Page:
“… a Bayesian approach answers the question; ‘considering our prior beliefs (about a hypothesis, a parameter, etc.), what should our new beliefs be given the collected data?’”
IN this issue of Anesthesiology, Kant et al.1 demonstrate the application of the Continual Reassessment Method in the estimation of the ED95 for bupivacaine. The article is not only of clinical interest, but also serves to illustrate the utility of a formal Bayesian statistical analysis. In the field of statistics, the use of such a Bayesian approach to evaluate scientific evidence is becoming increasingly popular. For example, in the 23 leading statistical journals, the proportion of articles, which could be identified using either “Bayes” or “Bayesian” search terms, increased from 11% in 1995 to 32% in 2000.2 Since that time, improvements in the available software to conduct the analyses have, no doubt, encouraged the use of Bayesian methods to increase even further.
The field of Anesthesiology has a long history of using Bayesian principles in engineering or technical applications, but such approaches have not often been used in clinical studies. Although lagging well-behind statistical journals in terms of the number of studies applying formalized Bayesian inference, numerous studies using or discussing a Bayesian approach to statistical inference have been published in Anesthesiology. Dating back to 1988, Maitre and Stanski3 published what appears to be the first use of Bayesian inference in the Journal: a prediction study of intraoperative plasma concentrations of alfentanil. Since that time, an increasing number of statistical procedures have either relied on some aspects of the Bayesian approach to estimate probability or used a formalized Bayesian system to update prior knowledge for incorporating novel information. As a few examples, several very recent studies have featured comparisons estimated using Bayesian methods,4,5 two meta-analyses have been published in the Journal using Bayesian methods,6,7 and the Journal now regularly publishes high-quality pharmacokinetic studies that rely on some part of this approach to analysis.8,9
Because of its logical consistency and ever-improving software, we anticipate that the popularity of the Bayesian approach for conducting statistical analysis will grow immensely in the Journal over the next several years. However, because the approach is still novel to many analysts and many of our readers, authors must take care to adequately describe and report the results of such studies. Our goal of this editorial is to articulate the reporting elements that are required to adequately communicate the results of a Bayesian analysis to the readers of Anesthesiology. Because of its excellence in reporting, the study reported by Kant et al.1 serves as an exemplary model for illustrating both the benefits of using this approach and how it is best reported.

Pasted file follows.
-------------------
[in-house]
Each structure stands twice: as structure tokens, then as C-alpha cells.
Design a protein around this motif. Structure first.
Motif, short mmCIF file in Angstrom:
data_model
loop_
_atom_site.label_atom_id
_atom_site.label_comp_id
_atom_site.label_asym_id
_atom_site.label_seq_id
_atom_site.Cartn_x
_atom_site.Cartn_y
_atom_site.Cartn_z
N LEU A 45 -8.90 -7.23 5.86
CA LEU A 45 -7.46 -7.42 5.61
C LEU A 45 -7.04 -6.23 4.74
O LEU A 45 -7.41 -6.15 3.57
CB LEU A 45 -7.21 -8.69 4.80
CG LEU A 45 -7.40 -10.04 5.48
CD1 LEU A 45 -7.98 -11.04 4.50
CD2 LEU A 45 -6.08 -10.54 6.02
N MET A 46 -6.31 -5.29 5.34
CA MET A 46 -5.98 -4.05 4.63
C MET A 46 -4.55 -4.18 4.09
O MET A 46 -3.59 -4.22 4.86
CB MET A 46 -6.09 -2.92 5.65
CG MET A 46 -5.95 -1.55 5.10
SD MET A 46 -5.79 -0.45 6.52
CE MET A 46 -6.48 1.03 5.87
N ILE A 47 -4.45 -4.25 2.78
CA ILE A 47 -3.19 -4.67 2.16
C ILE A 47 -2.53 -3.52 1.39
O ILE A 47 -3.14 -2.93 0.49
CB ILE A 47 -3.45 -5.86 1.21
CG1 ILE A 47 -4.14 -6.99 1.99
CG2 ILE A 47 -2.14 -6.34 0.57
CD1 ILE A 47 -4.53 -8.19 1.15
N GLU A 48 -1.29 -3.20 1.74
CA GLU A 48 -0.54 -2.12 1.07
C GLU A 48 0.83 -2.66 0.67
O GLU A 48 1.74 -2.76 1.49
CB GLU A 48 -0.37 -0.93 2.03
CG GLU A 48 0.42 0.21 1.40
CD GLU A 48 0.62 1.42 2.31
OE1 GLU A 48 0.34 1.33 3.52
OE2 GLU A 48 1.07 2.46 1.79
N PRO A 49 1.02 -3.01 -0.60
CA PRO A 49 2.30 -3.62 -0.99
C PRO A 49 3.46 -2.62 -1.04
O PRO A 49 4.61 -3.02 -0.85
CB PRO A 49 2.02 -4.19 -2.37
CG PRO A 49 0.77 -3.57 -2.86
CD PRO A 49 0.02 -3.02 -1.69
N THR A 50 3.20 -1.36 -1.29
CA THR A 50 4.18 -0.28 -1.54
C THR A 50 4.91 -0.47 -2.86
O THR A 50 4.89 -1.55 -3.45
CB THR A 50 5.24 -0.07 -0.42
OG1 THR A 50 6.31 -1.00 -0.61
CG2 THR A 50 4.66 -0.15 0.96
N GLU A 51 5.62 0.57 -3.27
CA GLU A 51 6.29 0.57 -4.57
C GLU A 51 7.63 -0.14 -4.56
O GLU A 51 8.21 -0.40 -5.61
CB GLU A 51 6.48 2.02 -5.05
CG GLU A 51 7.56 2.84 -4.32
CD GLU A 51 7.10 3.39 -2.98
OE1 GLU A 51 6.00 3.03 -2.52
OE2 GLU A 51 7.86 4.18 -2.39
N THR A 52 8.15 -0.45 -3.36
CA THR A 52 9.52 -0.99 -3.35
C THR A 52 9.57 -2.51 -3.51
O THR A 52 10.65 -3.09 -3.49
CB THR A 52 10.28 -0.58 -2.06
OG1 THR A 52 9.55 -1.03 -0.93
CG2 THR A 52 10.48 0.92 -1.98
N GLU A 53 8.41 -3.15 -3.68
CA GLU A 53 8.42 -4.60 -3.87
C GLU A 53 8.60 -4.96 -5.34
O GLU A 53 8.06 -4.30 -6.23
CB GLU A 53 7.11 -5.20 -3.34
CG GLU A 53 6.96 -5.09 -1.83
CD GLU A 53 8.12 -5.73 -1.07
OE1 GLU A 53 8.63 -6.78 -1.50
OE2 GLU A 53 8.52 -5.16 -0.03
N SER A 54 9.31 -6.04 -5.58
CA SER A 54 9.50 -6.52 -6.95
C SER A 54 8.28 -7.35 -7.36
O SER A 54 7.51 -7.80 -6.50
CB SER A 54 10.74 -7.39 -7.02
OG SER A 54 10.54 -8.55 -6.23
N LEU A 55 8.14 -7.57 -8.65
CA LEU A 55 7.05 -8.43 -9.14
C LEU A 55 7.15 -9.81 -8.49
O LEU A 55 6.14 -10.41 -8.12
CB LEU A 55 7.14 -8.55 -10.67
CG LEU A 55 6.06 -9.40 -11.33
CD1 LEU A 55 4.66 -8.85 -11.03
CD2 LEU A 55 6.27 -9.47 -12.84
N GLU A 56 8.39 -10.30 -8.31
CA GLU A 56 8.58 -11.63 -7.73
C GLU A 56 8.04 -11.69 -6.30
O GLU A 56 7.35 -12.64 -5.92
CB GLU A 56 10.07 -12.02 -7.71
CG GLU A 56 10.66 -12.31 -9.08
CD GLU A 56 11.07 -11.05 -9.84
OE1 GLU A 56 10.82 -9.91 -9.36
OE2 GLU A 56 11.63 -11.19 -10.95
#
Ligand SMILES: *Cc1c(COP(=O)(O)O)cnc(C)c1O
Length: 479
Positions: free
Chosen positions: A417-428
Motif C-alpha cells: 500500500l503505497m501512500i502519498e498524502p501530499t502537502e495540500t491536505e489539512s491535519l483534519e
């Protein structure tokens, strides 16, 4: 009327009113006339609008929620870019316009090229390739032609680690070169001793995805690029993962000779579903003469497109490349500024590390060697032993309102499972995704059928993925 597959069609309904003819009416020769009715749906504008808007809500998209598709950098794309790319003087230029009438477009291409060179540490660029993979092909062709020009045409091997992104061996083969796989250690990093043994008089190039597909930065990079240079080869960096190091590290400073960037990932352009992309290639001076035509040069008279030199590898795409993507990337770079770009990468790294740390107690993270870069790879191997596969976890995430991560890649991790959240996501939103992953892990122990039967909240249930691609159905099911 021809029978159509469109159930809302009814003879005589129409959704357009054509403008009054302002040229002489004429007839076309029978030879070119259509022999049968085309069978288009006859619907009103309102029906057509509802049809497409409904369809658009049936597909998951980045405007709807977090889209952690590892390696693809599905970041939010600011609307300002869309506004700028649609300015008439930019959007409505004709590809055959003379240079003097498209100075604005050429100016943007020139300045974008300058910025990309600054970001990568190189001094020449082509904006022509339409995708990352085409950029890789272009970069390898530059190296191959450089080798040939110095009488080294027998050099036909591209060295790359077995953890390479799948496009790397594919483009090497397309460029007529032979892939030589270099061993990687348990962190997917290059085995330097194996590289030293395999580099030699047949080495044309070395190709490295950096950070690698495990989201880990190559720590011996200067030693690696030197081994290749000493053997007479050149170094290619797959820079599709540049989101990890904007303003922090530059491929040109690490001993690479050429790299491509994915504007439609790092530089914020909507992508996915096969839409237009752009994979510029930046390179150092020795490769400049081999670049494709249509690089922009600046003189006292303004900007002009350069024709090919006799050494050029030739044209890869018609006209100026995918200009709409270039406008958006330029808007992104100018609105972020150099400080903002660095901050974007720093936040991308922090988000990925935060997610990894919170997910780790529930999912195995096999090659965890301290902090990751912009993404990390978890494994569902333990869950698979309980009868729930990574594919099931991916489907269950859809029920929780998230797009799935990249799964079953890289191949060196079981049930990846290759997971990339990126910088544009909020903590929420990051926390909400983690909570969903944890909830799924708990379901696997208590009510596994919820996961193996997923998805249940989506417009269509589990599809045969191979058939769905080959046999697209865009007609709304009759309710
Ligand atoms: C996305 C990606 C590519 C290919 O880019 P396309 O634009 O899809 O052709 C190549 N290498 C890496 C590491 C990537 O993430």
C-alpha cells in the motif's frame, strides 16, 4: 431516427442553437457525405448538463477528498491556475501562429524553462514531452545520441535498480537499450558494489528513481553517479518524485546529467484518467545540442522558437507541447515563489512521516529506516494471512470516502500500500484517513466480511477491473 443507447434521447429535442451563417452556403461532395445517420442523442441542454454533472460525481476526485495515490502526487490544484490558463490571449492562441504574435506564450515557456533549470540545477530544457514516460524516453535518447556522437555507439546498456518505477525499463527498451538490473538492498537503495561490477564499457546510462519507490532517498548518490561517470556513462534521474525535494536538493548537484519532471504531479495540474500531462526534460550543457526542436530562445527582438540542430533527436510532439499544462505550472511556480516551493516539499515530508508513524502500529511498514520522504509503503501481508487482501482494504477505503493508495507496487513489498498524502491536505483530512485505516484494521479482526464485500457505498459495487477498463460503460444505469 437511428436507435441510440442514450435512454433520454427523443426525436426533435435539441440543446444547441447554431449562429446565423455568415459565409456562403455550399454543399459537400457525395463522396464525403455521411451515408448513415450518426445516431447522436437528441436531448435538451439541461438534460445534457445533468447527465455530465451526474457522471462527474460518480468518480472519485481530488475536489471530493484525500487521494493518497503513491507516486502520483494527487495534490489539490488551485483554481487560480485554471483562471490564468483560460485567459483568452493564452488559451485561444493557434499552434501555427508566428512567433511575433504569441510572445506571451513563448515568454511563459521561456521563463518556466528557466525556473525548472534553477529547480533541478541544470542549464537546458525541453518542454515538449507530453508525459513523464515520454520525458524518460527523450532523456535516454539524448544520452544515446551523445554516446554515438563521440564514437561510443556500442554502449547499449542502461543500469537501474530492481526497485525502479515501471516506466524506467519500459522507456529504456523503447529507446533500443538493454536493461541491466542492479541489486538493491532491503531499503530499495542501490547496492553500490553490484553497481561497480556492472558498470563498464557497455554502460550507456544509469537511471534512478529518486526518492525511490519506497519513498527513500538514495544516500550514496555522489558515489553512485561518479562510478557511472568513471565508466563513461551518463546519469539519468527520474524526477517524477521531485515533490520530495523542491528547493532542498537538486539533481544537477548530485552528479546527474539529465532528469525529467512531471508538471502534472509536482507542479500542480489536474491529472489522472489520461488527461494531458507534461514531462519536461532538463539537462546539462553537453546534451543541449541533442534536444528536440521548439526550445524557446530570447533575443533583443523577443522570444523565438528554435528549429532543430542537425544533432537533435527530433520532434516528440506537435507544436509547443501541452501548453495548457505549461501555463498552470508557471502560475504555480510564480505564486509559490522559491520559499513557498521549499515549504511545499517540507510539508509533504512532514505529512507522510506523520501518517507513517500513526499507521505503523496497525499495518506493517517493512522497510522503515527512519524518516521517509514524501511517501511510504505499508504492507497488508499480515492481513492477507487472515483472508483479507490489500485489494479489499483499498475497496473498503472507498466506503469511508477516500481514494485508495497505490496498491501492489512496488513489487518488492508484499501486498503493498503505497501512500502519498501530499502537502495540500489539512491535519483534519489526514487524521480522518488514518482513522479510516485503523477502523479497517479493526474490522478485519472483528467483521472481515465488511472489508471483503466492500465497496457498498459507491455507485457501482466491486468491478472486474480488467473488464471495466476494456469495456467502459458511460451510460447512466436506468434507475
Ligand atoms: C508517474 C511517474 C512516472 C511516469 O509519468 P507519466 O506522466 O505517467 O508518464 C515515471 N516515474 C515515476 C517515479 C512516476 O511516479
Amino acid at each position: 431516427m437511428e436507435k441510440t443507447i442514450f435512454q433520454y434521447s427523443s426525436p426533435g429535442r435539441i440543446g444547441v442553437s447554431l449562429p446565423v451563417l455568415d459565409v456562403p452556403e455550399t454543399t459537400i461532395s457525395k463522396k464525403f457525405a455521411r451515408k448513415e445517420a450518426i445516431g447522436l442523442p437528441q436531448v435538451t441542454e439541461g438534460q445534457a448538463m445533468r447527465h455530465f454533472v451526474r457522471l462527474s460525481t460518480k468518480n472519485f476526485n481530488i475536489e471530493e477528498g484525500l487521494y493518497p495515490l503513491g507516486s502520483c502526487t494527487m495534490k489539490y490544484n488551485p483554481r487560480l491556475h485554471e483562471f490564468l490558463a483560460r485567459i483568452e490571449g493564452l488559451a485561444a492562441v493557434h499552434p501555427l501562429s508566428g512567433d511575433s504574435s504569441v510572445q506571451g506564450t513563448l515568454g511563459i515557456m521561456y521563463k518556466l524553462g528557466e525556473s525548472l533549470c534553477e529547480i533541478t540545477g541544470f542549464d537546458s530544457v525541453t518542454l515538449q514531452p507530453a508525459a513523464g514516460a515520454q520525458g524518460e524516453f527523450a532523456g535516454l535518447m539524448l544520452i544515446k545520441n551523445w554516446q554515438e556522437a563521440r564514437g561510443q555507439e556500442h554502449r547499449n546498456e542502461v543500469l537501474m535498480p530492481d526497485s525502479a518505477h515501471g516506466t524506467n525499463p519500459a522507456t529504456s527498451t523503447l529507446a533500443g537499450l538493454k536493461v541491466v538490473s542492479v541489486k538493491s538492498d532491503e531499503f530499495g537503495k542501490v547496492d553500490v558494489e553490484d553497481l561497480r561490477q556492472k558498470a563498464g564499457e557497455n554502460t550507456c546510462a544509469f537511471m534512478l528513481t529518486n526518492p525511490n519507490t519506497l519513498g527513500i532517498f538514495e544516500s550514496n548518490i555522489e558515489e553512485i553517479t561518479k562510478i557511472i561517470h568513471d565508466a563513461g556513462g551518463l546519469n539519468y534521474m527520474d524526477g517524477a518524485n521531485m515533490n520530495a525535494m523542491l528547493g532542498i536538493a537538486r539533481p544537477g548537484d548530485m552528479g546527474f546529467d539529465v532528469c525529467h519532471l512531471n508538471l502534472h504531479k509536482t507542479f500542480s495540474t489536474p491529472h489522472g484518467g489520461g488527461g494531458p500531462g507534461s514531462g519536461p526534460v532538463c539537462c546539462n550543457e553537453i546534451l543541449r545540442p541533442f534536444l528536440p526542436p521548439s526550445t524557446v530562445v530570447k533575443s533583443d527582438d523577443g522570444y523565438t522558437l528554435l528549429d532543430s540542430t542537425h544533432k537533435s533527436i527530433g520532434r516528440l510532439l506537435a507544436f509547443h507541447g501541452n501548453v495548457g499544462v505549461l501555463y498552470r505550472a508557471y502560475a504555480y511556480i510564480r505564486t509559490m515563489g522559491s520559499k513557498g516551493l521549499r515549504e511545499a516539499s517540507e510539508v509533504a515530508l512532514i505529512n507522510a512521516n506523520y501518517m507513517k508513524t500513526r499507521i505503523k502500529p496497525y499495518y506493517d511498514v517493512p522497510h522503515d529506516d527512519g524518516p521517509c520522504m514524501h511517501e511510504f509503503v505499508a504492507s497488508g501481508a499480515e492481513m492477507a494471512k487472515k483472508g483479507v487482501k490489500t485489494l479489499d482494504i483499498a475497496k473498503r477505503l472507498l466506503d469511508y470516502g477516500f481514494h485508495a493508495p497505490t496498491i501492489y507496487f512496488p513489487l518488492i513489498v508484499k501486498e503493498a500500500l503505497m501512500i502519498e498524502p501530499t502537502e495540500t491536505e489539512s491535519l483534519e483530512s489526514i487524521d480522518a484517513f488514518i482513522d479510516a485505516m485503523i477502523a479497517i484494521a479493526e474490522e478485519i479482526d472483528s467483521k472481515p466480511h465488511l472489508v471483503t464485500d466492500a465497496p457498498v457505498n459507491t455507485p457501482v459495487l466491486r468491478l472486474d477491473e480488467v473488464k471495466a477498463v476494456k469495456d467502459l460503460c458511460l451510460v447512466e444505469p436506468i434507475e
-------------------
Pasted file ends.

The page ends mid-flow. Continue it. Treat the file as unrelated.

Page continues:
The vast majority of published articles in Anesthesiology rely on the “frequentist” approach to statistical inference. This approach is familiar to most readers and consists of answering the question: “if the null hypothesis is true, how frequently would we expect to obtain this result (or a result more extreme than this one)?” Answering this question involves the execution of a statistical analysis that can be reported either using the best practices outlined in the guidelines to authors or those highlighted in several past editorials.10,11
In contrast to the frequentist approach, a Bayesian approach answers the question: “considering our prior beliefs (about a hypothesis, a parameter, etc.), what should our new beliefs be given the collected data?” In essence, a Bayesian analysis provides a method for updating the existing knowledge or beliefs in the context of new information. This approach allows a more comprehensive view of uncertainty by allowing for a “subjective” view of probability.12 A typical analysis is characterized as consisting of a prior belief system (priors) and a summary of the new evidence (likelihood function), which are both combined to produce an updated belief system (posterior distribution). Although the intricacies of Bayesian analysis are beyond the scope of this editorial, many detailed discussions are available,13–15 including an elegant treatise published in this Journal.16
Reporting a Bayesian analysis requires careful consideration of the unique elements of this type of analysis. Many of the reporting elements may not be immediately familiar to analysts trained in the classical frequentist approach. At the time of writing this article, three different reporting guidelines have been offered to assist analysts in reporting their results; these include BayesWatch,17 BaSiS*, and the more recent, Reporting Of Bayes Used in clinical STudies (ROBUST) guidelines.18 Although any of these guidelines could be used to elegantly report the results of a study based on Bayesian inference, this editorial recommends the use of the ROBUST guidelines when reporting a clinical study, such as the one conducted by Kant et al.1 In what follows, each of the elements of the ROBUST guidelines is presented in the context of how they were addressed in the study by Kant et al. Following these guidelines for all submissions of this type will help ensure that our research community best leverages the benefits of Bayesian statistical analysis.
Because of their crucial importance in estimating the parameters of interest using Bayes theorem, the prior probabilities (e.g., distributions, point estimates) must be reported to the reader. Kant et al.1 clearly reported that they used an exponential unit in prior analysis. The authors’ prior beliefs about the probability of a failed block then corresponded to 0.5, 0.25, 0.10, 0.05, 0.02, and 0.01 for the respective dose levels of 12, 15, 18, 21, 24, and 27 ml of bupivacaine.